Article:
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Finance-dominated capitalism, re-distribution, household debt and financial fragility in a Kaleckian distribution and growth model

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  • Eckhard Hein

    () (Berlin School of Economics and Law and Institute for International Political Economy(IPE))

Abstract

In a Kaleckian distribution and growth model with workers' debt we examine the short and long run effects of three stylized facts of "finance-dominated capitalism": a fall in animal spirits of the firm sector with respect to real investment in capital stock, re-distribution of income at the expense of the wage share, and increasing lending of rentiers to workers for consumption purposes. In particular, we specify the conditions for long-run stability of the workers' debt-capital ratio. We thus identify the threshold for this ratio to turn unstable causing increasing financial fragility and finally financial crisis due to systemic stock-flow or stock-stock dynamics.

Suggested Citation

  • Eckhard Hein, 2012. "Finance-dominated capitalism, re-distribution, household debt and financial fragility in a Kaleckian distribution and growth model," PSL Quarterly Review, Economia civile, vol. 65(260), pages 11-51.
  • Handle: RePEc:psl:pslqrr:2012:12
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    References listed on IDEAS

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    Cited by:

    1. Alper Duman, 2013. "Household Debt in Turkey: The Critical Threshold for the Next Crisis," EcoMod2013 5259, EcoMod.
    2. Daniel Detzer, 2016. "Financialisation, Debt and Inequality – scenarios based on a stock flow consistent model," Working papers wpaper151, Financialisation, Economy, Society & Sustainable Development (FESSUD) Project.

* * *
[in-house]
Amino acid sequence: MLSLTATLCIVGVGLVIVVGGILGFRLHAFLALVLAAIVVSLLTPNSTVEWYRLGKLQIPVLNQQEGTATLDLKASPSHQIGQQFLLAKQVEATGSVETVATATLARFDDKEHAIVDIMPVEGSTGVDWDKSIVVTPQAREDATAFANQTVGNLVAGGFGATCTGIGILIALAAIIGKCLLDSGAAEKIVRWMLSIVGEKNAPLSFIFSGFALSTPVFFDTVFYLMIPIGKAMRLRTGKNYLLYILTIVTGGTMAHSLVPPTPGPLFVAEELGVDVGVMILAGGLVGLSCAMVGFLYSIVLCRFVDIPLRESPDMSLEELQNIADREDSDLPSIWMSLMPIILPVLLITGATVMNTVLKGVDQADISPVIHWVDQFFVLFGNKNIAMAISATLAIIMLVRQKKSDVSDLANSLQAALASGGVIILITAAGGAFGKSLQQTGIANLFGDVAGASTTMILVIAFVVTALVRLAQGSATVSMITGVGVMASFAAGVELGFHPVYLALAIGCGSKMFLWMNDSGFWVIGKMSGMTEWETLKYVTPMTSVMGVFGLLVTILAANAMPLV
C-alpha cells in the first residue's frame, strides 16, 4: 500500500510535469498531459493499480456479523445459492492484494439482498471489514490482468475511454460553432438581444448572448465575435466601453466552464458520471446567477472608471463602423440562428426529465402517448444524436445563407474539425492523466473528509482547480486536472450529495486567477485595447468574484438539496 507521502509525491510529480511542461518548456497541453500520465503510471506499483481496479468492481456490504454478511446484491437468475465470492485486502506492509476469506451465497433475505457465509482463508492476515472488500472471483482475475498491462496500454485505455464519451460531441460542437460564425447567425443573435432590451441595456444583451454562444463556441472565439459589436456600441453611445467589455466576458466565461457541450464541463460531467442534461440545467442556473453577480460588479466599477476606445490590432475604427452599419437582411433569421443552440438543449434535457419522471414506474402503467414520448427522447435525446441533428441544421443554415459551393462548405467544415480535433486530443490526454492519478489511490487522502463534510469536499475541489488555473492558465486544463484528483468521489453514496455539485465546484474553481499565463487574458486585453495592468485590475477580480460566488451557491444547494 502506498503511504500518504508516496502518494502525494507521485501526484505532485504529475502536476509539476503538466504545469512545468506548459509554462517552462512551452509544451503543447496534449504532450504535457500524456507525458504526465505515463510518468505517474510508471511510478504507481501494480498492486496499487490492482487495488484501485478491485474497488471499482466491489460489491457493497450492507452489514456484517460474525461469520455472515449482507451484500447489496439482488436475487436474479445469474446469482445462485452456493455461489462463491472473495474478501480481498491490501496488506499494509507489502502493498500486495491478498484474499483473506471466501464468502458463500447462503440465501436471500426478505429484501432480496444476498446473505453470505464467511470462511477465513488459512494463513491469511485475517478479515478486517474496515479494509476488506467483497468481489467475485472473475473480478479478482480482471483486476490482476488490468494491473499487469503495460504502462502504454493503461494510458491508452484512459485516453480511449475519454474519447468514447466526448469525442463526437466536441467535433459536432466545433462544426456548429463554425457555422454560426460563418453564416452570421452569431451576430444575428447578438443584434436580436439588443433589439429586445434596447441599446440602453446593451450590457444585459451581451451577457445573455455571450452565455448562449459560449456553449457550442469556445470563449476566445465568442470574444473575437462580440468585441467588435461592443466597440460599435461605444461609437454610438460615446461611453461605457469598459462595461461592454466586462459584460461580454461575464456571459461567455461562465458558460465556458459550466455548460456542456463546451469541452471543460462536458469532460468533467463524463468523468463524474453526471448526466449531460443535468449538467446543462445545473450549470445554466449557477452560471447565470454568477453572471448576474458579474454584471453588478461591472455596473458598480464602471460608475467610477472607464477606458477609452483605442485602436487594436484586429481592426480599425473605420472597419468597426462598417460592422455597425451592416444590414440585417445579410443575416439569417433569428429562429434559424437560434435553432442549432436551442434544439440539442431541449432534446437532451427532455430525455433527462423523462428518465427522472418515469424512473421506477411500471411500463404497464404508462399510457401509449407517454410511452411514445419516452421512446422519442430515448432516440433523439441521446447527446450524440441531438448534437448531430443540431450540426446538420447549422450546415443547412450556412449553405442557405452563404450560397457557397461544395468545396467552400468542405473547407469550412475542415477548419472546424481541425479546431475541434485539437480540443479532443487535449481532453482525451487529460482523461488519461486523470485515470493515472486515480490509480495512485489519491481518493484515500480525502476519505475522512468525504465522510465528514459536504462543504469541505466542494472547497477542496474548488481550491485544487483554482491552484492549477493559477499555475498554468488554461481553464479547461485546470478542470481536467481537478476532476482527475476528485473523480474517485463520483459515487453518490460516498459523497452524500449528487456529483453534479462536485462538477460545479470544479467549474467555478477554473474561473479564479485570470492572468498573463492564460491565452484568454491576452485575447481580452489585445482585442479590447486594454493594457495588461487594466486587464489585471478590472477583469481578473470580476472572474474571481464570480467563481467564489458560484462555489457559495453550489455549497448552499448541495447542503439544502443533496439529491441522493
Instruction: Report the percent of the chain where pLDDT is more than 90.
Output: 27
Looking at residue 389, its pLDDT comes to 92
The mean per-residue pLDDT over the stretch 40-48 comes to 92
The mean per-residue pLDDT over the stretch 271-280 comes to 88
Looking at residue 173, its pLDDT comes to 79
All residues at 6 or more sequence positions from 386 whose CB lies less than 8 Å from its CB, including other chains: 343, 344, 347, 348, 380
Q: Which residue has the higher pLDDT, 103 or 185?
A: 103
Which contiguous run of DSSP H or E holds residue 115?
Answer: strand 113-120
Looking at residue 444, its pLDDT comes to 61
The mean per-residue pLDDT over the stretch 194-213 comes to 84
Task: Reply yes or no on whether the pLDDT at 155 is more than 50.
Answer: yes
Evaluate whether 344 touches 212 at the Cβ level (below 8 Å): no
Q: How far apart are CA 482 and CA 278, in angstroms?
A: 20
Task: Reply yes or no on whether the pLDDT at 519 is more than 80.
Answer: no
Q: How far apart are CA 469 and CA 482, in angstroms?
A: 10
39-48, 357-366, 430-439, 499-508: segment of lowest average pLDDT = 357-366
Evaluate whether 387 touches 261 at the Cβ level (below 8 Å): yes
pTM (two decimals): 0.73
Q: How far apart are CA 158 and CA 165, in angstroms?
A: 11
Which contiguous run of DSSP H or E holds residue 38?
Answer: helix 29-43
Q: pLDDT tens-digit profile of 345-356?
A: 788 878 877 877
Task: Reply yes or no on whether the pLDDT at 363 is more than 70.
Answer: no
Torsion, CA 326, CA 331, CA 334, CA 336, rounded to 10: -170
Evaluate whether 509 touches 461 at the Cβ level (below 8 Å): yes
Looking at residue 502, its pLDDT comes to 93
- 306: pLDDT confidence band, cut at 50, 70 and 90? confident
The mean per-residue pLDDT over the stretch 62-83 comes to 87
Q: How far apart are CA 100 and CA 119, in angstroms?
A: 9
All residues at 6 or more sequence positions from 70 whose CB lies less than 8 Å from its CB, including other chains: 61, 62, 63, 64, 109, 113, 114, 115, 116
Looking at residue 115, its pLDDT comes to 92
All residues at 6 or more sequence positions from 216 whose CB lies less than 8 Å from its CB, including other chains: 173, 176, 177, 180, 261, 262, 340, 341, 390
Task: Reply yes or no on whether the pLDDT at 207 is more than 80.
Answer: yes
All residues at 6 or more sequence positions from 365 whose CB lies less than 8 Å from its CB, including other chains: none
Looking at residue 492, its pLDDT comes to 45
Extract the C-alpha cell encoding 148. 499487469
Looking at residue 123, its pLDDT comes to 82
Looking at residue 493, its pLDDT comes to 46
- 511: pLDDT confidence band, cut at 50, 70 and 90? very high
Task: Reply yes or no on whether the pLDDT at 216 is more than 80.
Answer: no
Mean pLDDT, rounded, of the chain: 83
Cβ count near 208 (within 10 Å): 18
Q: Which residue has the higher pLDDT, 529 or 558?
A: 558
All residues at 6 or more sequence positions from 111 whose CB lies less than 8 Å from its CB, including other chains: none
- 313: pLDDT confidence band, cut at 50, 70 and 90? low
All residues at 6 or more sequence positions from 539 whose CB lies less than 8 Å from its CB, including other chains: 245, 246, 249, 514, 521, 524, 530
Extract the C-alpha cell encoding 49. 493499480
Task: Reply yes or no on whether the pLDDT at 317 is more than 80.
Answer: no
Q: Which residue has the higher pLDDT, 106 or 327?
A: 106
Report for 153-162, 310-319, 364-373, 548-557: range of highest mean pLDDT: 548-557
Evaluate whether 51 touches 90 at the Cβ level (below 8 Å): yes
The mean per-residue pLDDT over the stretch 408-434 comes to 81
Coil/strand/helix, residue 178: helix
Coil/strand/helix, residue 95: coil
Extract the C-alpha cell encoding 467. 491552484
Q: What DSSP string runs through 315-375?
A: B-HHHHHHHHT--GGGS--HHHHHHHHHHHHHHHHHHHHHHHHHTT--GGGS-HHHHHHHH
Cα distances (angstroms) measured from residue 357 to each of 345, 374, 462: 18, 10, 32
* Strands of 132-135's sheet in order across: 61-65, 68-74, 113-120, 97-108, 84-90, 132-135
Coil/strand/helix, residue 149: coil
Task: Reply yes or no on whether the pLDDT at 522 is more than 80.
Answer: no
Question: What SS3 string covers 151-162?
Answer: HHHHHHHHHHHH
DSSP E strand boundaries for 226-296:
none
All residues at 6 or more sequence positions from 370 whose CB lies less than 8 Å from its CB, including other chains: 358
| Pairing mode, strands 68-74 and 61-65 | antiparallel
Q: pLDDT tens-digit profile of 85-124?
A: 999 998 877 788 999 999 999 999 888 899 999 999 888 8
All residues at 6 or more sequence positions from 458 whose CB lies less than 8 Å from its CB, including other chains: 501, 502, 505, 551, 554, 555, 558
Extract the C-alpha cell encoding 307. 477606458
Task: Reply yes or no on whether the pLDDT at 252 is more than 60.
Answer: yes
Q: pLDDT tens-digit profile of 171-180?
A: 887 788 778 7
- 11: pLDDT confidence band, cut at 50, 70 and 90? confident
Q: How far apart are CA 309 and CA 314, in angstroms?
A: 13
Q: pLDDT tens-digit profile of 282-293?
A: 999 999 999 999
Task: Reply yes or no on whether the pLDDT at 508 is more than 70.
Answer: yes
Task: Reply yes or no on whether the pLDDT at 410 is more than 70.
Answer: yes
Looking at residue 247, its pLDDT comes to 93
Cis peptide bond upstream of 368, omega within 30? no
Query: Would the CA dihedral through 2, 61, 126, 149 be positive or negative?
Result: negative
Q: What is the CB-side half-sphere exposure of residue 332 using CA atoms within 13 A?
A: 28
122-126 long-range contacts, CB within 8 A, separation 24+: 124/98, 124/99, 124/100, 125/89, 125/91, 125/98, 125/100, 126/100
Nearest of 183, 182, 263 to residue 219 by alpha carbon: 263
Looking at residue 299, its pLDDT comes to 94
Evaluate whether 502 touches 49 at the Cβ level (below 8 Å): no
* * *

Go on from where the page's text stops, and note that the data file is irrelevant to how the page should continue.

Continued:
3. Engelbert Stockhammer, 2015. "Wage-led versus profit-led demand: What have we learned? A Kalecki-Minsky view," Working Papers PKWP1512, Post Keynesian Economics Study Group (PKSG).
    4. Engelbert Stockhammer & Rafael Wildauer, 2016. "Debt-driven growth? Wealth, distribution and demand in OECD countries," Cambridge Journal of Economics, Oxford University Press, vol. 40(6), pages 1609-1634.
    5. Prante, Franz J., 2017. "Macroeconomic effects of personal and functional income inequality: Theory and empirical evidence for the US and Germany," IPE Working Papers 83/2017, Berlin School of Economics and Law, Institute for International Political Economy (IPE).
    6. Thomas Goda, 2013. "The role of income inequality in crisis theories and in the subprime crisis," Working Papers PKWP1305, Post Keynesian Economics Study Group (PKSG).
    7. Engelbert Stockhammer & Joel Rabinovich & Niall Reddy, 2018. "Distribution, wealth and demand regimes in historical perspective," FMM Working Paper 14-2018, IMK at the Hans Boeckler Foundation, Macroeconomic Policy Institute.
    8. Charpe, Matthieu & Flaschel, Peter, 2013. "Workers’ debt, default and the diversity of financial fragilities," Structural Change and Economic Dynamics, Elsevier, vol. 27(C), pages 48-65.